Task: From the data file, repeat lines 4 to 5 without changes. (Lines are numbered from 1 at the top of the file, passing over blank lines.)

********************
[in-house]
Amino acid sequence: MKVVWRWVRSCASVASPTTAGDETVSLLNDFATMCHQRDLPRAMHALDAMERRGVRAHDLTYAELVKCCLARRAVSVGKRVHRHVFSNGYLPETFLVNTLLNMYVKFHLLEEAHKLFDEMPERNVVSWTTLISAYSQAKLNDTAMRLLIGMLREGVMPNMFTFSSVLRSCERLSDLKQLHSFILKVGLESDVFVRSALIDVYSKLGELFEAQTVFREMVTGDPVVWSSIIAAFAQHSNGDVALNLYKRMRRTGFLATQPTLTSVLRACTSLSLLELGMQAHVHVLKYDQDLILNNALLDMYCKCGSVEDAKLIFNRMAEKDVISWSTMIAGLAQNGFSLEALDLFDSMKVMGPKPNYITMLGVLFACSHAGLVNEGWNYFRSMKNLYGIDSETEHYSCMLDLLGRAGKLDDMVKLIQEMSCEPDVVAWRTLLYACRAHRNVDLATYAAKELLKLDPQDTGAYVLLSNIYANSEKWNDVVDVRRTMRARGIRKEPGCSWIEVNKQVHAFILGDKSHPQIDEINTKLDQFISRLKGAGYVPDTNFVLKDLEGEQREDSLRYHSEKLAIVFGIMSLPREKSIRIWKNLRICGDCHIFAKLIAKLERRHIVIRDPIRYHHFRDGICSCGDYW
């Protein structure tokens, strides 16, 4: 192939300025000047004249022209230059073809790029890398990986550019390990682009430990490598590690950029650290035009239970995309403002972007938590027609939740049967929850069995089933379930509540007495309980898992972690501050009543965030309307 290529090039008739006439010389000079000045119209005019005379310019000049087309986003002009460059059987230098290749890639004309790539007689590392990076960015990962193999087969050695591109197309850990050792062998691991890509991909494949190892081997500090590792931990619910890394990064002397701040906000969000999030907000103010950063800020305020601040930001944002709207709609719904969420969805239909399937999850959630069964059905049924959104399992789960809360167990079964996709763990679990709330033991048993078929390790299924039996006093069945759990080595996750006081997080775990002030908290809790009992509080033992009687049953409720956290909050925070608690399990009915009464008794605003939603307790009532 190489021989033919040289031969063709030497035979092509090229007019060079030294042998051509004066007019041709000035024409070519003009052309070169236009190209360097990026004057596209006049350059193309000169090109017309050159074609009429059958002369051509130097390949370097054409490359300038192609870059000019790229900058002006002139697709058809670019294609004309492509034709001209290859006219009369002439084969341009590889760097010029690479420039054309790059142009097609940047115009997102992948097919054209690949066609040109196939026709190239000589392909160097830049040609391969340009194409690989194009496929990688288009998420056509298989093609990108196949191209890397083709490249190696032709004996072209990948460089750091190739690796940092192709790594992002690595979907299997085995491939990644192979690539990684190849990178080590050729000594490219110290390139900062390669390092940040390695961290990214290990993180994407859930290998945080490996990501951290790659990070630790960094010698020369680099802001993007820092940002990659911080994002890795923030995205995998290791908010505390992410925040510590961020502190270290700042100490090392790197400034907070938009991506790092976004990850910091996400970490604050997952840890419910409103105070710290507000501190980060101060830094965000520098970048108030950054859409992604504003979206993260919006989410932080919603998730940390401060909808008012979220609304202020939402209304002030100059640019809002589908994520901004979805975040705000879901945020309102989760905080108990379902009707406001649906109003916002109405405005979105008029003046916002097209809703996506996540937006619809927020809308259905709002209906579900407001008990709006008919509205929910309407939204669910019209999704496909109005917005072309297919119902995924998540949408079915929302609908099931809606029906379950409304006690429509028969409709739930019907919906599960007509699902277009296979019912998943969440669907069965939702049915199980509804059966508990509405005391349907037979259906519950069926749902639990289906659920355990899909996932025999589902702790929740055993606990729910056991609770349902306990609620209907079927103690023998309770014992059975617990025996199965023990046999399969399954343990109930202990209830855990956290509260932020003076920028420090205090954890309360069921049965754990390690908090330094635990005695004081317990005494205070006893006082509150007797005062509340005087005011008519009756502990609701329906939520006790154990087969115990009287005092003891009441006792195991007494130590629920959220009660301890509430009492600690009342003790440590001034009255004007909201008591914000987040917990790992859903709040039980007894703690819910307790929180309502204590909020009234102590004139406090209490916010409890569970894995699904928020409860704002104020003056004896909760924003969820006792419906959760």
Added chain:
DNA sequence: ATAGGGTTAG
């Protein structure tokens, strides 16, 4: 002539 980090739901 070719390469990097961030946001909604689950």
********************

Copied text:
Added chain:
DNA sequence: ATAGGGTTAG